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Curves Gallery

Available as Prints and Gift Items

Choose from 7 pictures in our Curves collection for your Wall Art or Photo Gift. All professionally made for Quick Shipping.


Empress State Building JLP01_08_062727
Empress State Building JLP01_08_062727
Full Range of Prints and Gifts in Stock
Exhibition Hall JLP01_08_063970
Exhibition Hall JLP01_08_063970
Full Range of Prints and Gifts in Stock
Copper sheeting JLP01_08_062291a
Copper sheeting JLP01_08_062291a
Full Range of Prints and Gifts in Stock
Upper gallery JLP01_08_062289
Upper gallery JLP01_08_062289
Full Range of Prints and Gifts in Stock
Exhibition Hall roof JLP01_08_052179
Exhibition Hall roof JLP01_08_052179
Full Range of Prints and Gifts in Stock
Exhibition hall roof JLP01_08_061302
Exhibition hall roof JLP01_08_061302
Full Range of Prints and Gifts in Stock
Hyperbolic paraboloid formwork JLP01_08_060599
Hyperbolic paraboloid formwork JLP01_08_060599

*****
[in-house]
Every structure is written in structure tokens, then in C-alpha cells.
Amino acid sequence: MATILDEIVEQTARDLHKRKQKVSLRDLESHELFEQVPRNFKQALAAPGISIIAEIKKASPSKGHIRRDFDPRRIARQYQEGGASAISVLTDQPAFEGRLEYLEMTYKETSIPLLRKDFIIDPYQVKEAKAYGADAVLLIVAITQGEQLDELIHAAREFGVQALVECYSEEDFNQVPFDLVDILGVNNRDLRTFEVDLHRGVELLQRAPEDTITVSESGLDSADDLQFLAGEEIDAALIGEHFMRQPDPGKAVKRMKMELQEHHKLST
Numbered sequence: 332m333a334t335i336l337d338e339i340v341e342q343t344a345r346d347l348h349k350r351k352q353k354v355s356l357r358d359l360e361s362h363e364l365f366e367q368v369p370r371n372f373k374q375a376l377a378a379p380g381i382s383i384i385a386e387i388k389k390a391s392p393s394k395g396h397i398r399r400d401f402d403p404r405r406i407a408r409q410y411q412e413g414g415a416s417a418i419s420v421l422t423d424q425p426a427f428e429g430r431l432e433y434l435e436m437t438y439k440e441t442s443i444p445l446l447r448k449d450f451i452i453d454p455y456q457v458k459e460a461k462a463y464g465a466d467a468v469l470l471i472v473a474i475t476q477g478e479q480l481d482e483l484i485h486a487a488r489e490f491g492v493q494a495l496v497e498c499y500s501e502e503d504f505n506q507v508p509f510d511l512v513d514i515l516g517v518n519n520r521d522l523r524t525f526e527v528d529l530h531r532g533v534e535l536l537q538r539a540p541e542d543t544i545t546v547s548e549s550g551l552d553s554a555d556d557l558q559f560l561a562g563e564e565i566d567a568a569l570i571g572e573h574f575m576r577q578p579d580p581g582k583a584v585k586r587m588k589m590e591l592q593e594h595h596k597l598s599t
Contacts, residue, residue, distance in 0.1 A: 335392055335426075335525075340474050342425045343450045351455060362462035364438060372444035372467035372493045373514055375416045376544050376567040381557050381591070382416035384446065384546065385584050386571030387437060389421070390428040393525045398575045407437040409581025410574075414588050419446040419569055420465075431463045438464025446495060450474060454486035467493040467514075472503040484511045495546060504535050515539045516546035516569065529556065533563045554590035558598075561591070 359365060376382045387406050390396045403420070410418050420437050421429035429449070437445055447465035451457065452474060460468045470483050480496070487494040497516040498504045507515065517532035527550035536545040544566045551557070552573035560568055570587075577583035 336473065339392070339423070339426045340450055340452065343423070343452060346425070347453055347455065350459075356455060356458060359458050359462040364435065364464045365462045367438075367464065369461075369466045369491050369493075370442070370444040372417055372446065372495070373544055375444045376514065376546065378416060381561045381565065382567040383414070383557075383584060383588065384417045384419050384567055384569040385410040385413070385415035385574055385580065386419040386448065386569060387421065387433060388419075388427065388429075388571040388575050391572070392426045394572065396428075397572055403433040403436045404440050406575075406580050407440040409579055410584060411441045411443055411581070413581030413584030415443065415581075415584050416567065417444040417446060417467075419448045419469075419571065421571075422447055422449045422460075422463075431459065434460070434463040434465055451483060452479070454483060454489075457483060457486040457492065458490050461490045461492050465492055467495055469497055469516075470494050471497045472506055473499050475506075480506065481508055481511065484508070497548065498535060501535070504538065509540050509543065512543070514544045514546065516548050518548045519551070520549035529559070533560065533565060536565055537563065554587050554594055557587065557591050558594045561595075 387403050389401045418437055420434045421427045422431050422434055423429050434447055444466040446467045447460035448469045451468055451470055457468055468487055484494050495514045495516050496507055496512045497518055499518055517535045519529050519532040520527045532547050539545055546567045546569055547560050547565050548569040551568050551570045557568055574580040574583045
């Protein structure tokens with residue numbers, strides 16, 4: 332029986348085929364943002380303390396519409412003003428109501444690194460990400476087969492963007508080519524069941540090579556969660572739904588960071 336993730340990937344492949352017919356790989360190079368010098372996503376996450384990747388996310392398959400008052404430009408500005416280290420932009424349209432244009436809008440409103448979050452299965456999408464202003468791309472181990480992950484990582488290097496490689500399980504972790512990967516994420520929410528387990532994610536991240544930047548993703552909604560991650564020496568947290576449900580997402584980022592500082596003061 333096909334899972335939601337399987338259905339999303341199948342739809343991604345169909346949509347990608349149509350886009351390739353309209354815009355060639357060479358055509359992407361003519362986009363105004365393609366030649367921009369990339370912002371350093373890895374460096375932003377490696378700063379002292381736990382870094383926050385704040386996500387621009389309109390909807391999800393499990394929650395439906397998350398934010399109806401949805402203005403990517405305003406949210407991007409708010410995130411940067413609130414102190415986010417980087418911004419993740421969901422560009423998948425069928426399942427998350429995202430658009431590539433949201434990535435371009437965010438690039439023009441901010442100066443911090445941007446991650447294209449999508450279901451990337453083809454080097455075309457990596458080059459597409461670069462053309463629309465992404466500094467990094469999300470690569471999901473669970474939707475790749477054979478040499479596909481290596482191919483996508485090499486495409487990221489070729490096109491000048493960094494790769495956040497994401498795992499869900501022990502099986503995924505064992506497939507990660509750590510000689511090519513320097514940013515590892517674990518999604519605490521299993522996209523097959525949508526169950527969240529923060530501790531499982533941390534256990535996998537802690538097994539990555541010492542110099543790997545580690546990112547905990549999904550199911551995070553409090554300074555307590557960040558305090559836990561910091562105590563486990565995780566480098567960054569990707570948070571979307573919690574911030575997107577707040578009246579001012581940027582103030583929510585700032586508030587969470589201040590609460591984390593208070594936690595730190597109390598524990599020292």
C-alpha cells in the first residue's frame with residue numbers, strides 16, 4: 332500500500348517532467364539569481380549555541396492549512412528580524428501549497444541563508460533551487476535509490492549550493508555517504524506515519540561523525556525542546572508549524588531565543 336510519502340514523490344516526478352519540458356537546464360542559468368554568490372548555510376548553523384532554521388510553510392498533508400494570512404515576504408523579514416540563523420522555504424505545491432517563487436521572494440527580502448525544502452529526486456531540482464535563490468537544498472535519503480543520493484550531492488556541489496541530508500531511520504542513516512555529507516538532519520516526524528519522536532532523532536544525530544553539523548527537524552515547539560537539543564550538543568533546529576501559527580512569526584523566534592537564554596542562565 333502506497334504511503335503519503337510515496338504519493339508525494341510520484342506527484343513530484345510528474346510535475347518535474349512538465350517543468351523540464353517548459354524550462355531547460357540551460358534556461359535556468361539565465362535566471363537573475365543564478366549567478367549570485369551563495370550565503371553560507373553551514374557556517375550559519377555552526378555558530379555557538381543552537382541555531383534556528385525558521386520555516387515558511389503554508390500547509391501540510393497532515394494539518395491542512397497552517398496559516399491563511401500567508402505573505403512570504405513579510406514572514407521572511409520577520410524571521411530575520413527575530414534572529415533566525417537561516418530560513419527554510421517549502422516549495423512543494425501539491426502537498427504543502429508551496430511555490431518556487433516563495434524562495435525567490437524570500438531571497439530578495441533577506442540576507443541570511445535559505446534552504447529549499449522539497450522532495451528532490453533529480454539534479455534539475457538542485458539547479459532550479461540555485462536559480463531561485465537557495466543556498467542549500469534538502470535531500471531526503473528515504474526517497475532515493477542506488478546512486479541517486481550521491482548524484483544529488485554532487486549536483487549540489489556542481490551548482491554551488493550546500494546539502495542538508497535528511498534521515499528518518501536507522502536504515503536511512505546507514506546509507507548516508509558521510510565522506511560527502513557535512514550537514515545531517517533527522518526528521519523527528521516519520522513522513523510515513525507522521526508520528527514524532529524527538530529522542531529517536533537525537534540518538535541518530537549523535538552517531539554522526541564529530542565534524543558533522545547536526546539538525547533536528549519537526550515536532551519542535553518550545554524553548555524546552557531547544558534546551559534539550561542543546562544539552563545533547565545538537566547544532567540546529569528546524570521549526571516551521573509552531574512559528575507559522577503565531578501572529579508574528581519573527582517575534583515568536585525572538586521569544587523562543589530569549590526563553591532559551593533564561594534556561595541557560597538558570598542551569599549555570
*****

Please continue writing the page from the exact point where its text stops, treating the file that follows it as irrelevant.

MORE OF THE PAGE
Full Range of Prints and Gifts in Stock
Exhibition Hall roof JLP01_08_052179 Featured Image

Exhibition Hall roof JLP01_08_052179

COMMONWEALTH INSTITUTE, KENSINGTON HIGH STREET, KENSINGTON AND CHELSEA, GREATER LONDON. The completed roof of the exhibition hall at the Commonwealth Institute from the east showing the glazed clerestory between the central and outer roof sections.
Laing built the Commonwealth Institute between October 1960 and October 1962 to replace the former Imperial Institute that was to be demolished to make way for new facilities at Imperial College. The building consisted of a four-storey administrative block housing a library, restaurant, board room and conference hall and a separate two-storey b lock containing a cinema with an art gallery above, but the focus of the project was the exhibition hall with its hyperbolic paraboloid roof, the first of its kind constructed in Great Britain. The exhibition, designed by James Gardner, provided spaces where each of the Commonwealth nations could showcase their achievements and characteristics, primarily to school children as teaching aids to enliven history and geography lessons.
The shell arch of the central roof section was of reinforced concrete, cast in situ using timber formwork with rough sawn boards to provide a textured internal surface whilst the four outer "warps" were constructed using precast beams and wood wool slabs, blocks of shredded timber bound together in a cement paste and left visible from the interior. The entire roof was then clad in copper sheeting over a layer of vermiculite. It covers an area of 33,700sqft, 183 feet square with the central section 93 feet square and ranges between 30ft high at its lowest and 80ft at the peaks

© Historic England Archive